ONES TO WATCH
THE NEW BIOMORPHISM
Three rising studios crafting organic sculptural forms by hand
For our latest “Ones to Watch” column, we spotlight three rising studios embracing handmade techniques to create objects that celebrate natural forms and materials.
Before launching their Brooklyn-based studio, husband-and-wife team Jean and Oliver Pelle pursued promising careers in architecture. They met while earning master’s degrees at Yale School of Architecture and then went on to work for high profile firms—Jean for Tod Williams Billie Tsien Architects and Oliver for Robert A.M. Stern Architects, among others. Just over a decade ago, they made the bold decision to pivot, spurred by their love of creative experimentation and hands-on making. Today, Pelle specializes in crafting made-to-order lighting, furniture, and objects that blend architectural thinking with sculptural expression.
“We like the idea of working within the lineage and history of design, but it’s a faraway backdrop for us,” the duo explain about their approach. “Generally, we are interested in creating new work that we feel is adding to the dialogue. We build upon our knowledge of materials and develop our own unique methods to create work that we want to see in the world. This is what keeps us engaged in the process and makes our day-to-day life at the studio exciting.”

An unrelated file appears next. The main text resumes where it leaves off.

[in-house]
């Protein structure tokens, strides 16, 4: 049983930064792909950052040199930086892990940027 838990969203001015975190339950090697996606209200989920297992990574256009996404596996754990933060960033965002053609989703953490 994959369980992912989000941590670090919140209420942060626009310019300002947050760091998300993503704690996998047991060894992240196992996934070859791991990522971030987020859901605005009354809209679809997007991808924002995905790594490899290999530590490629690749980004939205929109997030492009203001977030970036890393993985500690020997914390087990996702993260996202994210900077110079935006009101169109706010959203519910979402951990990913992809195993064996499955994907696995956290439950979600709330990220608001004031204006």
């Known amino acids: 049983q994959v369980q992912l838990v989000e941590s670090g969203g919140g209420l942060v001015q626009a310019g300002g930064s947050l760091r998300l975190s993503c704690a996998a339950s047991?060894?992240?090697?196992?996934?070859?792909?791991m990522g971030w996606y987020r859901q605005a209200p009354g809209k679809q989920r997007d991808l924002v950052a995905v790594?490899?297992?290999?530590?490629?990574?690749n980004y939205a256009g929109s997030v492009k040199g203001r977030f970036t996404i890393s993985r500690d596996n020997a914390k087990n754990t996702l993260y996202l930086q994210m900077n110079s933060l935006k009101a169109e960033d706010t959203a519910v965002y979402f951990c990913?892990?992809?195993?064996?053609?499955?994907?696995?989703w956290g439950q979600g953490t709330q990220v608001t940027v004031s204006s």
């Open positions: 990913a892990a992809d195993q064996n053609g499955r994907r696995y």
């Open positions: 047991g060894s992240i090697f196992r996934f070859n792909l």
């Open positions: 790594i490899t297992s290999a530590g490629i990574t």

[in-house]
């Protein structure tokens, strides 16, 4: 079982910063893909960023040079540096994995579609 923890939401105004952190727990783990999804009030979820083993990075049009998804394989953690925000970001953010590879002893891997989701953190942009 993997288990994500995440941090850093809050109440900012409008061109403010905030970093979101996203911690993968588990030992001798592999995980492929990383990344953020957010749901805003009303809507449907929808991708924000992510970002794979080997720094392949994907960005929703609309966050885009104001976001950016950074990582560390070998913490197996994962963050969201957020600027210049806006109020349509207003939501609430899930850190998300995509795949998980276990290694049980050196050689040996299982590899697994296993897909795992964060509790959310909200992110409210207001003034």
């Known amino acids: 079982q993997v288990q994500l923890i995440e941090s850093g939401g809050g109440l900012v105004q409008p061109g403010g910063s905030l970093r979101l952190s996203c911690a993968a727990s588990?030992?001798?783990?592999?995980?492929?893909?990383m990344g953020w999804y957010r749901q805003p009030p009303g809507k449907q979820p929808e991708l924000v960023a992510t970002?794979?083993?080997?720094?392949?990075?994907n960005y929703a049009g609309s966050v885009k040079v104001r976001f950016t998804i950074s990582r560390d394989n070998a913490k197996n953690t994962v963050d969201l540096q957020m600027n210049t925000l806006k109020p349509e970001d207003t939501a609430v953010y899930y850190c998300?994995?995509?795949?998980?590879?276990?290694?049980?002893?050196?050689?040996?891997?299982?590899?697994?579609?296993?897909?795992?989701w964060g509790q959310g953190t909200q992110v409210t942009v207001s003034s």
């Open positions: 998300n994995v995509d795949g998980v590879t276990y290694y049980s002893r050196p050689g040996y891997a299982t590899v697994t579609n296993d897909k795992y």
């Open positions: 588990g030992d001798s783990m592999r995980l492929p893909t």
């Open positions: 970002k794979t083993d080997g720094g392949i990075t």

Design editors and interior designers are excited too, most recently about the studio’s delicate Lure collection, an evolving series of flora-shaped lighting designs handmade in cotton paper. “After much experimentation, we found that we could cast cotton linter into any form, achieving an incredible amount of detail,” they tell us. “We also realized that because it was paper, we could paint onto the surface and add more depth. Since then, we have been developing new designs that incorporate more color.” Wary of committing their work to narrow definitions, they add: “But we don’t think that craft exists only with the handmade. We find a high degree of craft is achieved in the act of coordination and thinking through all aspects of assembly as well.”